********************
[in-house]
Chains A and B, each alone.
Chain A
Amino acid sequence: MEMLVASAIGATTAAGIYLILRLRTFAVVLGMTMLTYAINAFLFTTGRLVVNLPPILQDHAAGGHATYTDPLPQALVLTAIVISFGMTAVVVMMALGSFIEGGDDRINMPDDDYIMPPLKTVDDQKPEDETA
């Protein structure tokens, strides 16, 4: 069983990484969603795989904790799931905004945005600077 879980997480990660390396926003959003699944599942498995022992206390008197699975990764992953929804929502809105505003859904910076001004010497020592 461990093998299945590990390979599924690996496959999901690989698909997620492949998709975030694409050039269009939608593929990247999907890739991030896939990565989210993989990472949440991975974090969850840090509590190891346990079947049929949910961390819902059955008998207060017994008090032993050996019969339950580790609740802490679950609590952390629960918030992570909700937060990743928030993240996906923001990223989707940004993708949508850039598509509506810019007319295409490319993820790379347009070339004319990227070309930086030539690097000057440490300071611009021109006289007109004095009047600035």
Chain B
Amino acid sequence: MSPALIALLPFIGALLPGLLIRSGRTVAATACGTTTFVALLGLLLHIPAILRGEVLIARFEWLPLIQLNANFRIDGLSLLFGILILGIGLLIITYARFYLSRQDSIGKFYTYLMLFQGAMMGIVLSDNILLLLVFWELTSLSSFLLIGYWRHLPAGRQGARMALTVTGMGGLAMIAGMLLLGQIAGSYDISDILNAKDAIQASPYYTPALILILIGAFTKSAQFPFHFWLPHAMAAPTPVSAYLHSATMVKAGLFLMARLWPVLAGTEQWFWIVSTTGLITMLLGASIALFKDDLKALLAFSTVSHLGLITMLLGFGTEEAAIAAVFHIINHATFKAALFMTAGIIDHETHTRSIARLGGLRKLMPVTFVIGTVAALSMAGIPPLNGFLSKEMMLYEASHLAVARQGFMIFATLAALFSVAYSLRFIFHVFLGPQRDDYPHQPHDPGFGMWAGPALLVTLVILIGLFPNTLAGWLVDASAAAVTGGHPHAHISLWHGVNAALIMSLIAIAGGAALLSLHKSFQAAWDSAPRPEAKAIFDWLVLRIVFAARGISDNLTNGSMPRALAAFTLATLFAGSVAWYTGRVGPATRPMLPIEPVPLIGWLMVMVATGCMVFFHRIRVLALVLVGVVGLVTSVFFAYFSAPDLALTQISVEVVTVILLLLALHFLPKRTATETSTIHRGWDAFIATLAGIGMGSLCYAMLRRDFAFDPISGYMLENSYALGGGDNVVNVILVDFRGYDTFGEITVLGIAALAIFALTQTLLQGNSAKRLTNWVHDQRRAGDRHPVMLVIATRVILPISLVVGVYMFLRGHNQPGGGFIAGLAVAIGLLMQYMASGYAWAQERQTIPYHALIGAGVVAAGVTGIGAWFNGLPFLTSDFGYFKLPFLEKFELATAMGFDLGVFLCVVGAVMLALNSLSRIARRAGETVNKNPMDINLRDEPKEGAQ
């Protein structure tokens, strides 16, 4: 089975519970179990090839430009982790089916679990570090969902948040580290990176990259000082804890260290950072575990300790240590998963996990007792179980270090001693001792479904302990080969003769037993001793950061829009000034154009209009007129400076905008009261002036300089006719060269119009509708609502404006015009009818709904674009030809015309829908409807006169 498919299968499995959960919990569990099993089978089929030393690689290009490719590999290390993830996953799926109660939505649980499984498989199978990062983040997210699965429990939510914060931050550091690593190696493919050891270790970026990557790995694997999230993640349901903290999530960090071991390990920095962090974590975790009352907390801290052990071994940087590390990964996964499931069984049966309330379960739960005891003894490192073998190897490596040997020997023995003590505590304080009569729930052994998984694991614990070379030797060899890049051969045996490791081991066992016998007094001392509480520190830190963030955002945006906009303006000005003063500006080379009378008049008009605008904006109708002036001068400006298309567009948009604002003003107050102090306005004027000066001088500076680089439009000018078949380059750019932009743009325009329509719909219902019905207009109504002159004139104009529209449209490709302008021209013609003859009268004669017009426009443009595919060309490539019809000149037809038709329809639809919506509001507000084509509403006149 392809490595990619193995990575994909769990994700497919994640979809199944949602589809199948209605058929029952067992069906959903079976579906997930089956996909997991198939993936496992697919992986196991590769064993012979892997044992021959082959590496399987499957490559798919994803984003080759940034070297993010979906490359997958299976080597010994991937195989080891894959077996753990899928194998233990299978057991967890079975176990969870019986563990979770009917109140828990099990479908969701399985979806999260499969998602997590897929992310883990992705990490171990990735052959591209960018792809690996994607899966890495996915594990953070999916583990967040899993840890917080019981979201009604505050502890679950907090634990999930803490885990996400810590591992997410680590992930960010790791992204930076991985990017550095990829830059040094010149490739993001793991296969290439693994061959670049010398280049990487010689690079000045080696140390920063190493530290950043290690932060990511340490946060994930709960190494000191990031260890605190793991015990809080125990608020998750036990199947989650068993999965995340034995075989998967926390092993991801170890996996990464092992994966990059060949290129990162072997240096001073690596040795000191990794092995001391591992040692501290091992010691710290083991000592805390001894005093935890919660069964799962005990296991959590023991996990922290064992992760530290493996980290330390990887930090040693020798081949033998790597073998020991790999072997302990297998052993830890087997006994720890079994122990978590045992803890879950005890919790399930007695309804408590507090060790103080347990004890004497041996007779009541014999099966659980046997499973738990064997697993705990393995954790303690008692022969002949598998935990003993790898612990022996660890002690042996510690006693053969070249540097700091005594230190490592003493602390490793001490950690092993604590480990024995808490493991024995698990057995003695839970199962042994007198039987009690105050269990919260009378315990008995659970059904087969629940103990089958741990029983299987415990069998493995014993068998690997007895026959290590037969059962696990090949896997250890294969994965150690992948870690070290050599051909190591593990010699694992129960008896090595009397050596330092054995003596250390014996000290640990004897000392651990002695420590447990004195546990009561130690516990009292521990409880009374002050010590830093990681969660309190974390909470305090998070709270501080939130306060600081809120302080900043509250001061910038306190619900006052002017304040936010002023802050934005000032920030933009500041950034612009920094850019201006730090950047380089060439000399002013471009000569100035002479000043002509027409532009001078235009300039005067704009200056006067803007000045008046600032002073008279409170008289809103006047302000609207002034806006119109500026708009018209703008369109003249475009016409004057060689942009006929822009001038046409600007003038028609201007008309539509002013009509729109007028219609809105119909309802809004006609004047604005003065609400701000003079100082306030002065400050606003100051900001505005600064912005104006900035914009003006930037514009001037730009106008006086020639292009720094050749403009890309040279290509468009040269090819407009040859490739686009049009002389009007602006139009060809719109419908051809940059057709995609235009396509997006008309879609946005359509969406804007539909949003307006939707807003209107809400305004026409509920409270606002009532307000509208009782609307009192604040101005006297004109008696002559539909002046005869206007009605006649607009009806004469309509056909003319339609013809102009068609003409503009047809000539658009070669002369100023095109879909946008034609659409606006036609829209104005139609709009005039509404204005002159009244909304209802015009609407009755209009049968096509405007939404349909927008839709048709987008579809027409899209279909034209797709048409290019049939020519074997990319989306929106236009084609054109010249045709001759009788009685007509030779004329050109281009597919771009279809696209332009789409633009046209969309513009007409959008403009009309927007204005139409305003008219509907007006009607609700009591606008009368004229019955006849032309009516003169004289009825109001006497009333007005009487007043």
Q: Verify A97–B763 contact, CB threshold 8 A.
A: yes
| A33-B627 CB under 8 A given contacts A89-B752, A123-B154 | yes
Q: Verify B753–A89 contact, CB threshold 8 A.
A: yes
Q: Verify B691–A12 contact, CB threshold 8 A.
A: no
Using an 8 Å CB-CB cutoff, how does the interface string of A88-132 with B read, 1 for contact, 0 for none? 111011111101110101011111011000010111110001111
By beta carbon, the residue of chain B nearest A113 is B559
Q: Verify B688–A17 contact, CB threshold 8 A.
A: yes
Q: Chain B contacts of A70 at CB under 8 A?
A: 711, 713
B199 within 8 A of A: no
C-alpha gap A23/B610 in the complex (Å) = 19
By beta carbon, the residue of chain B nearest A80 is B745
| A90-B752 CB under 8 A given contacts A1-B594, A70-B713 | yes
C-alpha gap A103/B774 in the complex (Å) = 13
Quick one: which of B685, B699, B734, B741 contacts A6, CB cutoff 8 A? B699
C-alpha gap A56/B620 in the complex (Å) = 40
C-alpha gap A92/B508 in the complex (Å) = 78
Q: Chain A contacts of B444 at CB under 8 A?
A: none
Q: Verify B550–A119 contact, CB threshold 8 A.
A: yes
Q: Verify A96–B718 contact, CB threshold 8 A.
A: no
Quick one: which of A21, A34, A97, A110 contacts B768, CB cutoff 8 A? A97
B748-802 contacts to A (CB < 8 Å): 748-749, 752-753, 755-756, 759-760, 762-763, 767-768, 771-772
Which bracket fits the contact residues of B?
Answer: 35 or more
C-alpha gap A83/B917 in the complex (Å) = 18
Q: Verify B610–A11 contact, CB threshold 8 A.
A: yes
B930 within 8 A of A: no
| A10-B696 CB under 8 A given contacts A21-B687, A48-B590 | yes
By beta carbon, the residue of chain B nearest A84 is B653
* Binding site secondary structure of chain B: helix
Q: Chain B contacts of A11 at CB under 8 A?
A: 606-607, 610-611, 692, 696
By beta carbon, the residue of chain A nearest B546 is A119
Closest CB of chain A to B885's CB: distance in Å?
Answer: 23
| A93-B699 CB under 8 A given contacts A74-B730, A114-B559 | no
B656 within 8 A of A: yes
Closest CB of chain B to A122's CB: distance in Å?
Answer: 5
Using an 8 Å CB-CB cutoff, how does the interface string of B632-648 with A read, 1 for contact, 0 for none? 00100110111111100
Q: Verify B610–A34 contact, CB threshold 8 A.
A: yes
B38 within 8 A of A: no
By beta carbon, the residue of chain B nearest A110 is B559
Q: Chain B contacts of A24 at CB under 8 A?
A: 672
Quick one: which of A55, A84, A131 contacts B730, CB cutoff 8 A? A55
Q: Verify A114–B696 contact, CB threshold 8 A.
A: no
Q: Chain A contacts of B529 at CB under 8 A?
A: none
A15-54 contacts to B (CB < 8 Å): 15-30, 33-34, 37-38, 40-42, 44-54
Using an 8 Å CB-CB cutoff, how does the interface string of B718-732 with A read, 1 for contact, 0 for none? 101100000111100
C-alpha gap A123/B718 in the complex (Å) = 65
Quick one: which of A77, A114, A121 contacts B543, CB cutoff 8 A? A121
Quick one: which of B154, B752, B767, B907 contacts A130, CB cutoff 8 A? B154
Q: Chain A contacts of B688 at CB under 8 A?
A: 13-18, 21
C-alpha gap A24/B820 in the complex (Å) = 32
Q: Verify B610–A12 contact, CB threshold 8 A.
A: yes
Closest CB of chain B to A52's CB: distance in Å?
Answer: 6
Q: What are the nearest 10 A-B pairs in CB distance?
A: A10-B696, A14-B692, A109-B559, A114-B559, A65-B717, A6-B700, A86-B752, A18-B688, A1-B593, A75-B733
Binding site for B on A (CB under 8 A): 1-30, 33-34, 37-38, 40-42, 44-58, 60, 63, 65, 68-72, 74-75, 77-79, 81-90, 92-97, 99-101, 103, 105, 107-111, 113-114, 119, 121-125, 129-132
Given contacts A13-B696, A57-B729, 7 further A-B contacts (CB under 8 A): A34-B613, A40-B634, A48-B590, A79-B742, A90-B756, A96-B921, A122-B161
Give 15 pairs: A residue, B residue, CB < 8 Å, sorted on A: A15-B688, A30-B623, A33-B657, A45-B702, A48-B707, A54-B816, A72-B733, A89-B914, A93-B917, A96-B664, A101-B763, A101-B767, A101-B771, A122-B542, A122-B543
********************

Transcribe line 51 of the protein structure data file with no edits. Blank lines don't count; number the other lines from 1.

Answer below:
Answer: 23